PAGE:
Tesla has opened its first factory in Europe in an attempt to ramp up sales in the continent and realize its goal of producing half a million cars a year globally by 2020.
Tesla says it will now assemble its Model S sedan in the new factory in Tilburg, in the Netherlands, which will “help European customers get cars faster”.
The plant is the first fully-fledged Tesla factory outside its home market. It was built using old factory parts from the company’s main factory in Fremont, California. The plant will produce about 450 cars a week, with capacity for about 1,000 a week.
The Tilburg factory, where cars are pulled around a sparkling white floor on futuristic magnetic strips, features a 750m indoor test track.
750m of vibration and harshness in Model S on Europe’s first indoor production test track https://t.co/AFhDOb0Zup
— Tesla Motors (@TeslaMotors) September 26, 2015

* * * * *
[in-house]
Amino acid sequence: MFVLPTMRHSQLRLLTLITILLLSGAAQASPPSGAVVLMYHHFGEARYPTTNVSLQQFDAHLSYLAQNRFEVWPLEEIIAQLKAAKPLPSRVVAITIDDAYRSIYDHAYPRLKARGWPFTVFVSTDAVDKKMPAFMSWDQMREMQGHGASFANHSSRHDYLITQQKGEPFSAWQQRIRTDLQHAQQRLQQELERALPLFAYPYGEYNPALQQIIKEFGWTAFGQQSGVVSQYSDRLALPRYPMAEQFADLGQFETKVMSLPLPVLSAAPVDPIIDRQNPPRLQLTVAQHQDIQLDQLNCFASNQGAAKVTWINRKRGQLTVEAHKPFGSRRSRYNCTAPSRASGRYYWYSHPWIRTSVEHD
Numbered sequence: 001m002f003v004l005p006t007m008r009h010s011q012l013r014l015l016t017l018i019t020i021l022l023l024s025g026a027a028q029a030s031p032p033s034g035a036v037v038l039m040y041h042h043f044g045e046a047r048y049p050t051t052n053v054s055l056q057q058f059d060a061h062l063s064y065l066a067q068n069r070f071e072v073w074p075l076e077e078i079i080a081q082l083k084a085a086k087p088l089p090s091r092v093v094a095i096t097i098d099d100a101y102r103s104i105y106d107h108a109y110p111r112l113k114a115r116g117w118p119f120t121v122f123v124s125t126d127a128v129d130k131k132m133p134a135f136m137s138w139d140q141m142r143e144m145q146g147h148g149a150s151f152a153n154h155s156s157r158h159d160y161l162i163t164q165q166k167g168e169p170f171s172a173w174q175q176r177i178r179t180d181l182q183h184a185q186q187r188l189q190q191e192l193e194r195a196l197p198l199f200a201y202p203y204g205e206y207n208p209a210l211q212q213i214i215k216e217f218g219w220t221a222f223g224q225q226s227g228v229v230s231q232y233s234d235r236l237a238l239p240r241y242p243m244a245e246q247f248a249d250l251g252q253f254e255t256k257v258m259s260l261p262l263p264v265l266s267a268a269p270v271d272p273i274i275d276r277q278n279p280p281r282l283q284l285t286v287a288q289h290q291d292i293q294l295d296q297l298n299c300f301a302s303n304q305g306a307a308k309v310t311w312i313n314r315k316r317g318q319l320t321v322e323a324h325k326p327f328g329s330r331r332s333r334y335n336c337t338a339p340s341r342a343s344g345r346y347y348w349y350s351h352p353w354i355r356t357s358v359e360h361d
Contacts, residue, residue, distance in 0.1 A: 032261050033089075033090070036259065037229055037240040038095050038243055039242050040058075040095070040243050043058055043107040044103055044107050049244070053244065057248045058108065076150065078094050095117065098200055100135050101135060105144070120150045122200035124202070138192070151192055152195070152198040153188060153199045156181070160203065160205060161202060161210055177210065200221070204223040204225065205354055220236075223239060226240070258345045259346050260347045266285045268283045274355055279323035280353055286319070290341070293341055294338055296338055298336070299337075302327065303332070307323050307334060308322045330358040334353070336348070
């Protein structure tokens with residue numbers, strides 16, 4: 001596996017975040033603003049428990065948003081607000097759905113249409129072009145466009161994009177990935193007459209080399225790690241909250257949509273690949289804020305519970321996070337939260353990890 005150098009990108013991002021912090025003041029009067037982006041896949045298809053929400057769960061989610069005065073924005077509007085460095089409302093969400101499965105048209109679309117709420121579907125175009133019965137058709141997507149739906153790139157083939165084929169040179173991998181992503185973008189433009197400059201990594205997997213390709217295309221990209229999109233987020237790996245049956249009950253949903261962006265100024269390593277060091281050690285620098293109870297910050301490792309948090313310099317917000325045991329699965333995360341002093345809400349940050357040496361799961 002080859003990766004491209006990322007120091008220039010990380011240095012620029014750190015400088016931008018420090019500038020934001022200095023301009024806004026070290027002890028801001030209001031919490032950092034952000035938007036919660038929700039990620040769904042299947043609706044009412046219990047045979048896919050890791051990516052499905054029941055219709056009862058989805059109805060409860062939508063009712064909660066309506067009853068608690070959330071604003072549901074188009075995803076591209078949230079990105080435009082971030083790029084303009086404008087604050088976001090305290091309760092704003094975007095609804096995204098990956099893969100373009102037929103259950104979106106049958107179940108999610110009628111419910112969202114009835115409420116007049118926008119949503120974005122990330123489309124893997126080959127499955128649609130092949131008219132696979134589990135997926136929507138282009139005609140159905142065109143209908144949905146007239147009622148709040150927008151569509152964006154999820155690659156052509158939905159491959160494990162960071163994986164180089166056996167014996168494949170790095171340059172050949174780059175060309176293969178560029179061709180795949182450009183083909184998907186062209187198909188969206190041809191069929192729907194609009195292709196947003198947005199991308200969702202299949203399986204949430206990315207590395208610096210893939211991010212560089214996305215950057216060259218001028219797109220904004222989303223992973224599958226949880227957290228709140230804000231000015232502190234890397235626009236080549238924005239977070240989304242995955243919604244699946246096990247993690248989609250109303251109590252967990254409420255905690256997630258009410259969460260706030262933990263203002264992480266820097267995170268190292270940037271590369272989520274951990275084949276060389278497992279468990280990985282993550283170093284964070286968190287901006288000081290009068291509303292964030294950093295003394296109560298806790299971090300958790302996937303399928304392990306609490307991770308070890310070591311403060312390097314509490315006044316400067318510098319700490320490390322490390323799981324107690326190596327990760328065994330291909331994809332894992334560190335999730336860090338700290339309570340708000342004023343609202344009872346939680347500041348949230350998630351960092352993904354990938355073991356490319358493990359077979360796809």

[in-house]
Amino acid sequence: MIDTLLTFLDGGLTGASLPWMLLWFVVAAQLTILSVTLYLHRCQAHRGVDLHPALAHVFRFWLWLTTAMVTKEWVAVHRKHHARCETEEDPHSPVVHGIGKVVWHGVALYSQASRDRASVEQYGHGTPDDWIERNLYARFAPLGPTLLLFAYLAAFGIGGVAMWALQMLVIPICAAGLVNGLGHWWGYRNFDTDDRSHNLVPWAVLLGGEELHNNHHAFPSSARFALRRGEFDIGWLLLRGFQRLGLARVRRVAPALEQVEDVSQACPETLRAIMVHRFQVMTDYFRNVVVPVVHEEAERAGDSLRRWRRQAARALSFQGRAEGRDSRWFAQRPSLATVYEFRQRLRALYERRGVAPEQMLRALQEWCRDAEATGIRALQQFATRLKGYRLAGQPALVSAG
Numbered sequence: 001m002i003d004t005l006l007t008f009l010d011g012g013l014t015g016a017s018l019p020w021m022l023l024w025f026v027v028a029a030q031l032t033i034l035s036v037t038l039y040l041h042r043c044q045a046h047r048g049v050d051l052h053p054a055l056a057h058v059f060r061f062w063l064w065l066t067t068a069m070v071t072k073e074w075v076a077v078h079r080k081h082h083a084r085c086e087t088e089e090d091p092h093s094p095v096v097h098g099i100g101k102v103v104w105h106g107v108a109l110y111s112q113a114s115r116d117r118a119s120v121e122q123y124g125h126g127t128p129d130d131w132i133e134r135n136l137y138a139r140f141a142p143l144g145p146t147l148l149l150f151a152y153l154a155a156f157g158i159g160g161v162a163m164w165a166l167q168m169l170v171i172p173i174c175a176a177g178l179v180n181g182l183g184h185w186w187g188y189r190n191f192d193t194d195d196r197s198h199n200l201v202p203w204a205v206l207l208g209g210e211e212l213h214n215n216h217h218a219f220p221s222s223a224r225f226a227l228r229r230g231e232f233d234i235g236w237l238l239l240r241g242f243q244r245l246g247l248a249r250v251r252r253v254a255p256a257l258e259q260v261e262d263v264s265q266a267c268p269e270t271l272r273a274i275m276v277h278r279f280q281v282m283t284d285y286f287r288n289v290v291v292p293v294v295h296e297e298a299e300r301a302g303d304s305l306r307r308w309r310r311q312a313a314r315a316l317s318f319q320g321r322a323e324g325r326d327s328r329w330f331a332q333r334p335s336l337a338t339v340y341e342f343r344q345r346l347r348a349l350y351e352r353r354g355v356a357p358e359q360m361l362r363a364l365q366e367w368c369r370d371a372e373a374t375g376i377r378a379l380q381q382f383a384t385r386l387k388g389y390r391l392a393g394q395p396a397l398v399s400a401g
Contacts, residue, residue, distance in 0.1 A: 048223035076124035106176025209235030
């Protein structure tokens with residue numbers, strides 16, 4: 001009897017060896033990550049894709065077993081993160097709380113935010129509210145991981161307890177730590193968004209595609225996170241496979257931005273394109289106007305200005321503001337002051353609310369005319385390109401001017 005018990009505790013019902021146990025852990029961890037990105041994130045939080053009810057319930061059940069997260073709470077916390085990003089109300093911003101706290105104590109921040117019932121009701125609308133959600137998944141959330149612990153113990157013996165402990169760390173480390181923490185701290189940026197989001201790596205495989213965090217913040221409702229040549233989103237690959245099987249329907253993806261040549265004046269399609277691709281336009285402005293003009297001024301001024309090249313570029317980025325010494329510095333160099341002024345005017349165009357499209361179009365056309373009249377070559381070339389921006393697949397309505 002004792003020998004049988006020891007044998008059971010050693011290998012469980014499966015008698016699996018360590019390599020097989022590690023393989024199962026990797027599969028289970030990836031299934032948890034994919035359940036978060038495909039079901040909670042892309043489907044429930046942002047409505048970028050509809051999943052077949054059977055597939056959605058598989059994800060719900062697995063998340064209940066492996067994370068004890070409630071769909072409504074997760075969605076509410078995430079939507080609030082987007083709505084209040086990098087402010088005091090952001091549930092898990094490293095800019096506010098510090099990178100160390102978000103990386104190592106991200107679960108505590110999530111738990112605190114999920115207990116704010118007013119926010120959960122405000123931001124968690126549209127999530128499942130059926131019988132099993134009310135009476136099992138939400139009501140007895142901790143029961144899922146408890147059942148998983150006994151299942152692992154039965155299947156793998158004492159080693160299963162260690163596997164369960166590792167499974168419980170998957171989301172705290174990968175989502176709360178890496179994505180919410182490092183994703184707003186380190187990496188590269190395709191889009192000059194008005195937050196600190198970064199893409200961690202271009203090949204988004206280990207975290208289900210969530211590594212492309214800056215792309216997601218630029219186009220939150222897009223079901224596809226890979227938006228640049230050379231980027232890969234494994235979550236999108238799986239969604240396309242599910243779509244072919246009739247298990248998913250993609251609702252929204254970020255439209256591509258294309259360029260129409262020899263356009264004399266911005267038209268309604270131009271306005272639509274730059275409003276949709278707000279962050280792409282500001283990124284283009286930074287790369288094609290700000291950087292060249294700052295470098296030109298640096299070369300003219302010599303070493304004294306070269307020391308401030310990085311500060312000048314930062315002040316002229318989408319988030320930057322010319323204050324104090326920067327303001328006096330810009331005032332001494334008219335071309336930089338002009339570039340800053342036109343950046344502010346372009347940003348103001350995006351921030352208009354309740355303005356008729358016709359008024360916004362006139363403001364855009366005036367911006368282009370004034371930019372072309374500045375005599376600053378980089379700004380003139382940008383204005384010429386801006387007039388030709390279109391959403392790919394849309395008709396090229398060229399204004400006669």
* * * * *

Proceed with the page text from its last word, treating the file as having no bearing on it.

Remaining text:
Although the cars won’t be manufactured in Tilburg, the battery pack, power train and rear axle will be installed there, coming from the firm’s HQ in Fremont, California. The car’s first firmware upload will also be carried out on site, before each car undergoes a rigorous quality control assessment. The upcoming Model X electric SUV will also be built in Tilburg.
The company, which previously used the Tilburg site to reassemble cars made in California, has so far made only limited inroads into the key European markets of Germany, France and Spain. Its main successes so far have come in the Nordic region, particularly in Norway, which is estimated to be 13 per cent of sales.